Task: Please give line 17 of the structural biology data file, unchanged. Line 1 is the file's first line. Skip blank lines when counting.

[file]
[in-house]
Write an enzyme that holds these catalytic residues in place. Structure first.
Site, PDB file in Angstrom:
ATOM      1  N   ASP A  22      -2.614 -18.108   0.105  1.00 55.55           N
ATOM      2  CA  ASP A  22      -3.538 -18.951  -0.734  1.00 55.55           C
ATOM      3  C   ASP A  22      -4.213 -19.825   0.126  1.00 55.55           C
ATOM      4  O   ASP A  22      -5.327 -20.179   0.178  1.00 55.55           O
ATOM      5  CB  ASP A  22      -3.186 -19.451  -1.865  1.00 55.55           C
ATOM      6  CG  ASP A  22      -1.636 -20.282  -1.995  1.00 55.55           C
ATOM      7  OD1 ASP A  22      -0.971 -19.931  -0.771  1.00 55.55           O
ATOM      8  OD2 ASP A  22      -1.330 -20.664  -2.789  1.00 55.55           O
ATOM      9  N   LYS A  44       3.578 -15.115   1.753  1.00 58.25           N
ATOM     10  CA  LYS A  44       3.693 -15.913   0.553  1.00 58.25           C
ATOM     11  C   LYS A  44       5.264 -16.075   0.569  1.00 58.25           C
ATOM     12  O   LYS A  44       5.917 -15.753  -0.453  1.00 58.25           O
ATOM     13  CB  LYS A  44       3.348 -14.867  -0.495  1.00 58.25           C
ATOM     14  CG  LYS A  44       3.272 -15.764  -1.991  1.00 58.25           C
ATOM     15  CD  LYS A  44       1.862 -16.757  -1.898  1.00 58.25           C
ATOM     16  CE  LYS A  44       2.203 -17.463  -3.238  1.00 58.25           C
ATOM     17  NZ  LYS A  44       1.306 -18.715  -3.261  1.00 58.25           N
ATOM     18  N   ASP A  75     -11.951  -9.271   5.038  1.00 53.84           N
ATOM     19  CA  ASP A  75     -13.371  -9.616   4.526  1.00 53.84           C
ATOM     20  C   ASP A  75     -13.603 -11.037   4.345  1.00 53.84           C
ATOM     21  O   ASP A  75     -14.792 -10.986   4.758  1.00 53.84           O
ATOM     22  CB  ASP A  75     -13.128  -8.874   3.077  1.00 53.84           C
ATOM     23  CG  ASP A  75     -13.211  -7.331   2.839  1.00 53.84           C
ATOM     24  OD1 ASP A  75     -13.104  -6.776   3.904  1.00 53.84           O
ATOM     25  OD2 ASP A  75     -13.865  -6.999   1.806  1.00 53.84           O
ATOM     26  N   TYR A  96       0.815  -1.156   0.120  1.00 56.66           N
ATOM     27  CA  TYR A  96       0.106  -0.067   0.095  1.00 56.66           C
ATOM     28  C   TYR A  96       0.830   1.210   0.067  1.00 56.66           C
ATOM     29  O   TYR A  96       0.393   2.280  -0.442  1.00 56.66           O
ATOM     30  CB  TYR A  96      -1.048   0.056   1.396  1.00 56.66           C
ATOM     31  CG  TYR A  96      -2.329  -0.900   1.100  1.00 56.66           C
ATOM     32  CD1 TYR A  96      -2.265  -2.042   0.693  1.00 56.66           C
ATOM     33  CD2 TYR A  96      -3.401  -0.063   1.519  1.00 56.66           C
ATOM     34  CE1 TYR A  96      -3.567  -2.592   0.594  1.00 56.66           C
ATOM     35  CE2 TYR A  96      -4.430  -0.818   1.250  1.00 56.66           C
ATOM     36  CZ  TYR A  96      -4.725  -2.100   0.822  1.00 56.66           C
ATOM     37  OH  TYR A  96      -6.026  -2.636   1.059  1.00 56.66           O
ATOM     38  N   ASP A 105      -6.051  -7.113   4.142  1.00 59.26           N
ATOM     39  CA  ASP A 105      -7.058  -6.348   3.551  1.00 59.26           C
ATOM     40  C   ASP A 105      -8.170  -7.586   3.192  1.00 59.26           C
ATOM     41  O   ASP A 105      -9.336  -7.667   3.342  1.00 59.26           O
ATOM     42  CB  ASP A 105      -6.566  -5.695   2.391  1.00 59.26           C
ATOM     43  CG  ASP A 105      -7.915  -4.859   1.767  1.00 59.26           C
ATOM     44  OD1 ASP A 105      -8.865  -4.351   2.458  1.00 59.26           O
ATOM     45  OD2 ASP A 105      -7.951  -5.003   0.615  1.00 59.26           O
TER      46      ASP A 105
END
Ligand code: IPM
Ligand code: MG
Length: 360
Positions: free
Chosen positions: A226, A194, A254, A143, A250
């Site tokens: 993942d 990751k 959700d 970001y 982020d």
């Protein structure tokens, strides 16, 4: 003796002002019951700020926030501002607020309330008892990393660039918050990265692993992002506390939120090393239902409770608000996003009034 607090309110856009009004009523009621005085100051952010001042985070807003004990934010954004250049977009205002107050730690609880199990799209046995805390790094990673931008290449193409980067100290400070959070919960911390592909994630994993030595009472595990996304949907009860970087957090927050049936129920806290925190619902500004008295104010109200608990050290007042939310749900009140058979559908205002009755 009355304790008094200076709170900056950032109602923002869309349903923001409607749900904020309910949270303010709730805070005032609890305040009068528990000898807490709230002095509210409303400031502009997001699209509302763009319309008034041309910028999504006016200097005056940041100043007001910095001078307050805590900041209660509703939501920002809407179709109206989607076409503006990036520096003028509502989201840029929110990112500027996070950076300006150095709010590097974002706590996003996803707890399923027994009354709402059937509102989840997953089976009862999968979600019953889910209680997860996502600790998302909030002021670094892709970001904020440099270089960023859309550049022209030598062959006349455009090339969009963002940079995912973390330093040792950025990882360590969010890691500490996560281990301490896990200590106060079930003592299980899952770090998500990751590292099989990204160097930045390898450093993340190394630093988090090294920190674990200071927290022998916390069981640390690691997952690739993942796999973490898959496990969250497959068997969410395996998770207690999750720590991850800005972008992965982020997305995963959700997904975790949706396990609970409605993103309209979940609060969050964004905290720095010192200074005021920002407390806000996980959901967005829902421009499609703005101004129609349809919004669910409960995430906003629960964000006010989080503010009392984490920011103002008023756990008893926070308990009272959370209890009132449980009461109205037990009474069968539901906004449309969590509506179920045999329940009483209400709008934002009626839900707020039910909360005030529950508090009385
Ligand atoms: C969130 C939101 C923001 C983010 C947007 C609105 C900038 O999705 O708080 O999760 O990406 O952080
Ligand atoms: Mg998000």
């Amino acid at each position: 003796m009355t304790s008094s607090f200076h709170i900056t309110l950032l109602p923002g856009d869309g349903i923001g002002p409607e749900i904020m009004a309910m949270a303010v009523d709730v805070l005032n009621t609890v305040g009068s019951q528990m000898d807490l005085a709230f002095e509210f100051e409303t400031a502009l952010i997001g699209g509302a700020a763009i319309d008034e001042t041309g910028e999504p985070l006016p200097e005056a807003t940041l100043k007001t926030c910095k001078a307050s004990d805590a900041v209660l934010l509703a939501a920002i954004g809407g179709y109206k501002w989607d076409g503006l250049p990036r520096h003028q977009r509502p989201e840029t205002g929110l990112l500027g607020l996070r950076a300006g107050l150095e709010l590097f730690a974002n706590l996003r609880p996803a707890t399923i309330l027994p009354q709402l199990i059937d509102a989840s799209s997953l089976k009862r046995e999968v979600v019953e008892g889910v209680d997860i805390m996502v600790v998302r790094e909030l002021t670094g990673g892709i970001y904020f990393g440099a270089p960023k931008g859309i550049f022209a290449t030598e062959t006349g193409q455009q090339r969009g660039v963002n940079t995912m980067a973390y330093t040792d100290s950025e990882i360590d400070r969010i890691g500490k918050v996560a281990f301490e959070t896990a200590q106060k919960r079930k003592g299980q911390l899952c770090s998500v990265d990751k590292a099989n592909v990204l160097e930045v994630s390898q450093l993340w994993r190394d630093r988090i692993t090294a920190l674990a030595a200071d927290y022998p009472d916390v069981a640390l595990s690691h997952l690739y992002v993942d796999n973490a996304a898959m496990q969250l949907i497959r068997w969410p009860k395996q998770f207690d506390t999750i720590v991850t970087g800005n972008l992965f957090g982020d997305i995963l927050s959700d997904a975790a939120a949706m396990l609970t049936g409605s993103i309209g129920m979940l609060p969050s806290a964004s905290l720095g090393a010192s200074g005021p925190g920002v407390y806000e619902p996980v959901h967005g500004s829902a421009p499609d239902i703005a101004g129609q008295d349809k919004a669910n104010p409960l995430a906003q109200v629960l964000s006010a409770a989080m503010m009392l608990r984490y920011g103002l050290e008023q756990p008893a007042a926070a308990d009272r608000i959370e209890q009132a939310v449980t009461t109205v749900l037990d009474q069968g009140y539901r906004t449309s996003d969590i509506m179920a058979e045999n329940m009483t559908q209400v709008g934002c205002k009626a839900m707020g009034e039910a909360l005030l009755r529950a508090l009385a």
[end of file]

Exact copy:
ATOM     14  CG  LYS A  44       3.272 -15.764  -1.991  1.00 58.25           C